About 41 percent of shoppers surveyed at neighborhood farmers markets said they attend markets to support the local economy -
Portland, Ore., November 2, 2012 – Twenty years ago, a political strategist proclaimed one of the key issues of the 1992 presidential campaign was, “It’s the economy, stupid!” Here in Portland two decades later, 41 percent of Portland Farmers Market shoppers recently surveyed claimed the primary reason they shop at farmers markets is to support the local economy. In other words, “It’s the local economy, stupid!”
A dollar spent at a farmers market does help bolster the local economy. According to a recent article about farmers markets in Reader’s Digest, for every $100 spent at a farmers’ market, $62 goes back into the local economy, and $99 out of $100 spent stays in the state.
Portland Farmers Market, a local nonprofit, which operates eight weekly farmers markets in the Portland area year round, recently conducted shopper surveys at its four neighborhood markets. One key finding: The primary reason shoppers are attending markets is to “support the local economy” (41%), with “variety/quality/diversity” trailing at 21% and “know your food” at 18%. This breakdown was fairly similar for the responses from Oregon Trail cardholders who receive SNAP benefits. However, a greater percentage of Oregon Trail shoppers indicated “know your food” (26%) as the reason why they shop.
“The insights of our current shoppers shows how committed our community is to supporting our local hard-working farmers, ranchers and food artisans,” said Trudy Toliver, executive director of the Portland Farmers Market. “Though their reasons for coming may vary, we’re glad to see Portlanders showing up to shop at their favorite markets week after week.”
Portland Farmers Market staff conducted the surveys by asking shoppers to use dot stickers to indicate answers to questions on large boards, as well by distributing paper surveys. Surveys were conducted from June 17 to 22 and from August 19 to 24 at all four Portland Farmers Market neighborhood locations: Buckman, King, Northwest, and Kenton. Market staff members estimate that they received about 850 total individual responses during the two weeks of surveying at these venues.
The survey also included the responses from market shoppers who participate in the Fresh Exchange program. Fresh Exchange offers residents receiving SNAP benefits a dollar-for-dollar match for up to $7 per week through their Oregon Trail card.
Survey response highlights also included:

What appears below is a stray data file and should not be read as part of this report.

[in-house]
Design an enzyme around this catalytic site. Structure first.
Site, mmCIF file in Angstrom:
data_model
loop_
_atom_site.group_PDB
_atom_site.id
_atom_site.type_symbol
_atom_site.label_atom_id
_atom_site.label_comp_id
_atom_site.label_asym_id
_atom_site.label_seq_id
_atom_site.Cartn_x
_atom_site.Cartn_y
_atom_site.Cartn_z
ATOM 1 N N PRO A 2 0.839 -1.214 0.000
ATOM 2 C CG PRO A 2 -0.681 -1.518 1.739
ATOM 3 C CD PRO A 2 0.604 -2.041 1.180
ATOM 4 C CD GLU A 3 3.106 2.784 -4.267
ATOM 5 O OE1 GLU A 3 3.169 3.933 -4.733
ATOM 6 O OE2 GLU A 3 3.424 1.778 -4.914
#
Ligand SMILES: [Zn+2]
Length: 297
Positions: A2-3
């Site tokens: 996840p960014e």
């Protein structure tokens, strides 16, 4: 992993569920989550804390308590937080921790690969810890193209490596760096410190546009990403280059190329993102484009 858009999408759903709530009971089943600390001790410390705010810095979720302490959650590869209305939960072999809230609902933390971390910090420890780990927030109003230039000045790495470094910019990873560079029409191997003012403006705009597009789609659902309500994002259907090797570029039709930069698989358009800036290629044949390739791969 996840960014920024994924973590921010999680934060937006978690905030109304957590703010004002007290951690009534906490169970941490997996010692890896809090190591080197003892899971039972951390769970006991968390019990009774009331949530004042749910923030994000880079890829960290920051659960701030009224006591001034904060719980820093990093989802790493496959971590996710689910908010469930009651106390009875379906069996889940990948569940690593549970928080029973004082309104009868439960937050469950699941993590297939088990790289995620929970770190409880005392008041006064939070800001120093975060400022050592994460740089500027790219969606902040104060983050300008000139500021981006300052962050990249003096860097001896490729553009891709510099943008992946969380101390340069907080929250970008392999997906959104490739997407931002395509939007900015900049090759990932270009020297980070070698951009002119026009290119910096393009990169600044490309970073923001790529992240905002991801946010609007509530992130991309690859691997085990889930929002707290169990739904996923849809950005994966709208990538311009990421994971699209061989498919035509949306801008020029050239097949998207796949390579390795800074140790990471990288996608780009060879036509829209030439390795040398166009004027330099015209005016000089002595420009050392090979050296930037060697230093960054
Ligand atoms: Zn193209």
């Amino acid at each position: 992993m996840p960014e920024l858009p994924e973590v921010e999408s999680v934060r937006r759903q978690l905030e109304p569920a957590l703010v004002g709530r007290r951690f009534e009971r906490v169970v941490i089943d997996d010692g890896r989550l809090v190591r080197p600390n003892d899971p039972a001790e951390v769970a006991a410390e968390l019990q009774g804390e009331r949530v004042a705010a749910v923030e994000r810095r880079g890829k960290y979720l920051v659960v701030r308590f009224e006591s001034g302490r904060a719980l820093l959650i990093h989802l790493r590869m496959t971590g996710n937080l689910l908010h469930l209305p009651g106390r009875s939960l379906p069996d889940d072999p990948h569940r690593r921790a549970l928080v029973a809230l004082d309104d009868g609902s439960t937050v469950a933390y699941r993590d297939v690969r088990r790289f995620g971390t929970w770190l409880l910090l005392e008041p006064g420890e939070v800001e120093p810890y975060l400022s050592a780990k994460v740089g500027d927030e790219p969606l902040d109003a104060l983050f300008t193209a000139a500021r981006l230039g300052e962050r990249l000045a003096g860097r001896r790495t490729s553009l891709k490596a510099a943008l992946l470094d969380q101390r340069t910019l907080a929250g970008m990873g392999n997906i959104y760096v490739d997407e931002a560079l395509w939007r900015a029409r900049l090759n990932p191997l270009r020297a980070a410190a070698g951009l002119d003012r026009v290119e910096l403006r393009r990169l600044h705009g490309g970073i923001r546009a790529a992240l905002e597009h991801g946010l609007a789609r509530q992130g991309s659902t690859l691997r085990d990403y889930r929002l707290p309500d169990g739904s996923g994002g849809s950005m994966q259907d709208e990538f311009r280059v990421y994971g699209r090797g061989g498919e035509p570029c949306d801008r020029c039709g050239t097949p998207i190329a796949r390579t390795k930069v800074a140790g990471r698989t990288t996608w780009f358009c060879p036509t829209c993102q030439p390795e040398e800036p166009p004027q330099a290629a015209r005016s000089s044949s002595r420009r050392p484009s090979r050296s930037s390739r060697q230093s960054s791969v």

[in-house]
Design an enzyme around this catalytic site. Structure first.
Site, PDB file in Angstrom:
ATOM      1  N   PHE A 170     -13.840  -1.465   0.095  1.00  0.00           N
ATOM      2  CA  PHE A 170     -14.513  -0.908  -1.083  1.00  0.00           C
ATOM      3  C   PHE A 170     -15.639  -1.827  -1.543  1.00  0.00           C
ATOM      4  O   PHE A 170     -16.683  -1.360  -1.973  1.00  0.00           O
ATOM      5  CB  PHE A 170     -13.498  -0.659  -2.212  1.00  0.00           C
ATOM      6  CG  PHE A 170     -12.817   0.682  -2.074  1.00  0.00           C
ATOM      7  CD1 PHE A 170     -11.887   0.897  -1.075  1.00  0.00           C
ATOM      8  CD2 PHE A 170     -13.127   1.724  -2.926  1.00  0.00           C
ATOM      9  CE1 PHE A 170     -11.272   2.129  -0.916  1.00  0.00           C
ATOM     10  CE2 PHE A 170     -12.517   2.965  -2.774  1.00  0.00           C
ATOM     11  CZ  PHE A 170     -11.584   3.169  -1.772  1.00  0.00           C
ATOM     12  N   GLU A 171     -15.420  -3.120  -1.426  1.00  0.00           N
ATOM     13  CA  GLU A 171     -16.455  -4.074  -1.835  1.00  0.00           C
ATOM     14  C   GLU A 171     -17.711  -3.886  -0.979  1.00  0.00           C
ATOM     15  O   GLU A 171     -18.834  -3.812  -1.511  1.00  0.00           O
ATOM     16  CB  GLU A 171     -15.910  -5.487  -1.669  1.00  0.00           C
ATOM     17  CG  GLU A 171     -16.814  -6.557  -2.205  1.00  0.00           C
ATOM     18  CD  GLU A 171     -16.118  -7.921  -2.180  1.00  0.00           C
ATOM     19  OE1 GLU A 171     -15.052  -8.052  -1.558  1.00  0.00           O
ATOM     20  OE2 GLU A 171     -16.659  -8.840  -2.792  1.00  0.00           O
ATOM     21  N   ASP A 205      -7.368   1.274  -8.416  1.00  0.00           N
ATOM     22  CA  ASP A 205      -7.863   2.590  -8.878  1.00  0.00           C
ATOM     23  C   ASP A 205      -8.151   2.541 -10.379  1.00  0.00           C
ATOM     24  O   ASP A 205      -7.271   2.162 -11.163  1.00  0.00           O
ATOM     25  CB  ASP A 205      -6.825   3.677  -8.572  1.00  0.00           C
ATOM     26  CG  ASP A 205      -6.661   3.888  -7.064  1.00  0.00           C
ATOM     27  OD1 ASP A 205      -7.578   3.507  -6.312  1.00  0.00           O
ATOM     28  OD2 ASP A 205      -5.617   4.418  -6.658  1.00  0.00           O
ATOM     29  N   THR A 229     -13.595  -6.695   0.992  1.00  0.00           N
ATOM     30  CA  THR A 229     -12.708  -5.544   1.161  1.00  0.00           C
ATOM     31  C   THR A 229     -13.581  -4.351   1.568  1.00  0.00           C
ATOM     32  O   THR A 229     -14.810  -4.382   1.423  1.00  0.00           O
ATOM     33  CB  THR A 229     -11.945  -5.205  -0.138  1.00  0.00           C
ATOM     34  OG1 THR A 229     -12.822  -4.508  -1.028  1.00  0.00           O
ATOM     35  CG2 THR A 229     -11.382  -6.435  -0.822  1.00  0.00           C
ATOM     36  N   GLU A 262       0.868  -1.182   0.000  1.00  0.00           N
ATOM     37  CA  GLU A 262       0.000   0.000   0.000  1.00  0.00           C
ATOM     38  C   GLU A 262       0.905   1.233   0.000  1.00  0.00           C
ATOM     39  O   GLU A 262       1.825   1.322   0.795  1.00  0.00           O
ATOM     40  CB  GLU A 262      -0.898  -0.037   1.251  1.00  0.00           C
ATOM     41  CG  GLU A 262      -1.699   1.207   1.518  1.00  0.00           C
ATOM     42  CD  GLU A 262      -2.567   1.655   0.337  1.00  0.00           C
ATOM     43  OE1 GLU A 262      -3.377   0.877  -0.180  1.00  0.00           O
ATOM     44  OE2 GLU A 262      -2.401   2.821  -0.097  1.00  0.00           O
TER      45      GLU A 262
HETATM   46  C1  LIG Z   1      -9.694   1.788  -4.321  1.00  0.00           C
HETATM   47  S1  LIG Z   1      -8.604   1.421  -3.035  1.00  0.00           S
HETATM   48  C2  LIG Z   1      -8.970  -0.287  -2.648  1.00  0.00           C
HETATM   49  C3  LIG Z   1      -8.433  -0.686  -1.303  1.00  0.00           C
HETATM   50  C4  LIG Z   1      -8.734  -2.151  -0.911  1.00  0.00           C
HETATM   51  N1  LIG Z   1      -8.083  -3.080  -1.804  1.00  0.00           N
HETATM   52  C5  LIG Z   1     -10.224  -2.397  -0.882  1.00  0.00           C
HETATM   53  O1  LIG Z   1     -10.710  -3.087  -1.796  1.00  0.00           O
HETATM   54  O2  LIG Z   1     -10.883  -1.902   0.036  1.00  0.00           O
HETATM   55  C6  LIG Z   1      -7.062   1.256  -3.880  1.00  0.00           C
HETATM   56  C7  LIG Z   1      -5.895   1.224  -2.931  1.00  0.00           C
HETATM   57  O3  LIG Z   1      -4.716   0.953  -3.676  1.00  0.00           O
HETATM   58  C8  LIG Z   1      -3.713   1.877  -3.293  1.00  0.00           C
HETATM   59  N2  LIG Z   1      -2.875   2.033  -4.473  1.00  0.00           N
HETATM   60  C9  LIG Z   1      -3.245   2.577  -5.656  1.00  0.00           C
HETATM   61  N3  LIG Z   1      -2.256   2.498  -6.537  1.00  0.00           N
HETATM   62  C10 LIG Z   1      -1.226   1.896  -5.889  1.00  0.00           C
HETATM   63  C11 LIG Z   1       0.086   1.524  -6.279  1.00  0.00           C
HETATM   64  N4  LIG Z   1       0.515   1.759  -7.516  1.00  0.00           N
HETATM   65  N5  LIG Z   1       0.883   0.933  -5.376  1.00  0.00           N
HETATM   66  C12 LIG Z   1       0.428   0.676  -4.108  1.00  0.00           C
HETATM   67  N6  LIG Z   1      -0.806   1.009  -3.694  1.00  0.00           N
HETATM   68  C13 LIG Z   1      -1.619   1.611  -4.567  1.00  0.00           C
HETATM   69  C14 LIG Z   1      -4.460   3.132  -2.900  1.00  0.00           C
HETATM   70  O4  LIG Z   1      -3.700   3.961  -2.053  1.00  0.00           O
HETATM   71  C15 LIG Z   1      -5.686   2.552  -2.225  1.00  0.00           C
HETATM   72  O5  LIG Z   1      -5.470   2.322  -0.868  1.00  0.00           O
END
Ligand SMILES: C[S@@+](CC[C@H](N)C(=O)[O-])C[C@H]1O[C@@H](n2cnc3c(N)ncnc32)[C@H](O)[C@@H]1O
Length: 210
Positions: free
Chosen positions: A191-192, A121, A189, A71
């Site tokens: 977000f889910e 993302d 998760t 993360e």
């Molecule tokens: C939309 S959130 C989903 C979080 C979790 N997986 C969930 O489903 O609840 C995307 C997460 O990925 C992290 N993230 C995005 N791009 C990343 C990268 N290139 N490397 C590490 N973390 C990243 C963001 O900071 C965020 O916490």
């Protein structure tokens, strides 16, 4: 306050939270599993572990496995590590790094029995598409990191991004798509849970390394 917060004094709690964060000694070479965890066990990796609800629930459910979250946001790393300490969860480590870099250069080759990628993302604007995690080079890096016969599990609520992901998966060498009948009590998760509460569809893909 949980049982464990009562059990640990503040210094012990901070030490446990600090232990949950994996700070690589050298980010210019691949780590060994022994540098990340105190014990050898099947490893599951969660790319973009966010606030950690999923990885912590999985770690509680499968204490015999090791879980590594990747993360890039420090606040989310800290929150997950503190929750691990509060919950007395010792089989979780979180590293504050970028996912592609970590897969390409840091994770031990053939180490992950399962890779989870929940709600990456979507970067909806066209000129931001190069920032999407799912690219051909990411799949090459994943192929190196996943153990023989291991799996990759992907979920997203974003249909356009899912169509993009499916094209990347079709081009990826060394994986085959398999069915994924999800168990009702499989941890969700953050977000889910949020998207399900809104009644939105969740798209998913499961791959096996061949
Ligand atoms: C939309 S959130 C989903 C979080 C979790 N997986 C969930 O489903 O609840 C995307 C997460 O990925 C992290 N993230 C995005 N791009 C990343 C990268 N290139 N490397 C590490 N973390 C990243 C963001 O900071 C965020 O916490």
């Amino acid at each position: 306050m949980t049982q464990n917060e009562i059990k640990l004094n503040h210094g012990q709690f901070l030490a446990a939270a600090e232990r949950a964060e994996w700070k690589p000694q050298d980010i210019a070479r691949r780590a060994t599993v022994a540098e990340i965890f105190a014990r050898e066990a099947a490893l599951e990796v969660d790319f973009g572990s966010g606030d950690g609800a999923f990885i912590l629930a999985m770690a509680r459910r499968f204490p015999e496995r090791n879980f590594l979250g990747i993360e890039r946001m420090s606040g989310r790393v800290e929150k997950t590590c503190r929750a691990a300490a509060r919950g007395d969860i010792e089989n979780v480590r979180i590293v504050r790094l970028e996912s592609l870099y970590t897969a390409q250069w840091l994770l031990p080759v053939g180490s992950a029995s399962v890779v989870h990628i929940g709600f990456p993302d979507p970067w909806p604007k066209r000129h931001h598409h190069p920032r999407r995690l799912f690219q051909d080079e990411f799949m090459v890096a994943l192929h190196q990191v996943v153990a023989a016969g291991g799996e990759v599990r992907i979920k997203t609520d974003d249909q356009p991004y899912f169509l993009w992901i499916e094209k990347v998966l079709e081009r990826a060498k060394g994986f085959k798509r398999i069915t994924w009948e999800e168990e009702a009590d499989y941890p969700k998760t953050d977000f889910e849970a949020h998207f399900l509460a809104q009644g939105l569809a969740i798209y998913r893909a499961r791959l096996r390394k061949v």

- Most shoppers are between the ages of 25 and 40 (47%); more than half (56%) are 40 or younger, but the 56 to 70 range is a fairly sizable (19%).
- Oregon Trail shoppers tend to be younger, with 72% being 40 or younger; however, the 56 to 70 range for this group was two percentage points higher than those 25 or younger. Portland Farmers Market did not receive any Oregon Trail paper responses from anyone 71+.
- Most participants were shopping for themselves and one other person (37%), but many were just shopping for themselves (28%).
- These percentages are more than reversed for Oregon Trail shoppers. About half (47%) are only shopping for themselves and almost the rest (38%) are shopping for two people.
- Half of shoppers claim “hours/convenience” as a major deterrent for attending a market (51%). A quarter of them blame product selection (25%). Parking and transportation do not seem to be much of an issue at these four markets.
- This breakdown is almost identical for Oregon Trail shoppers.
- A third of participants are shopping elsewhere for fresh food at regional/local grocery chains, including co-ops. Other major sources (about a quarter each) are national grocery chains (22%), gardening/growing one’s own food (20%), and other farmers markets (20%). Very few participants are part of a CSA.
- About 4% more Oregon Trail shoppers than total shoppers indicated they grow their own food.
The full survey results are available for by clicking the following links:
About Portland Farmers Market
Founded in 1992, Portland Farmers Market operates world-class farmers markets that contribute to the success of local food growers and producers, and create vibrant community gatherings. The independently run local 501(c)6 nonprofit which receives no ongoing support from government agencies employs five full-time and four part-time employees who manage eight weekly farmers markets in the Portland area year round. More than 650,000 shoppers purchased farm-fresh produce, meats, cheeses, seafood, baked goods and other specialty foods from more than 190 vendors generating over $8 million in sales in 2011. In addition to operating markets, Portland Farmers Market also serves as an incubator for emerging businesses, a leader of the local food movement, a source of education, a culinary focal point in the community, a cultural destination complete with musical entertainment, and a billboard for Portland’s sustainability movement. To learn more about how Portland Farmers Market aims to grow, nourish and inspire the community, become a Twitter follower, Facebook fan, blog reader and visit www.portlandfarmersmarket.org.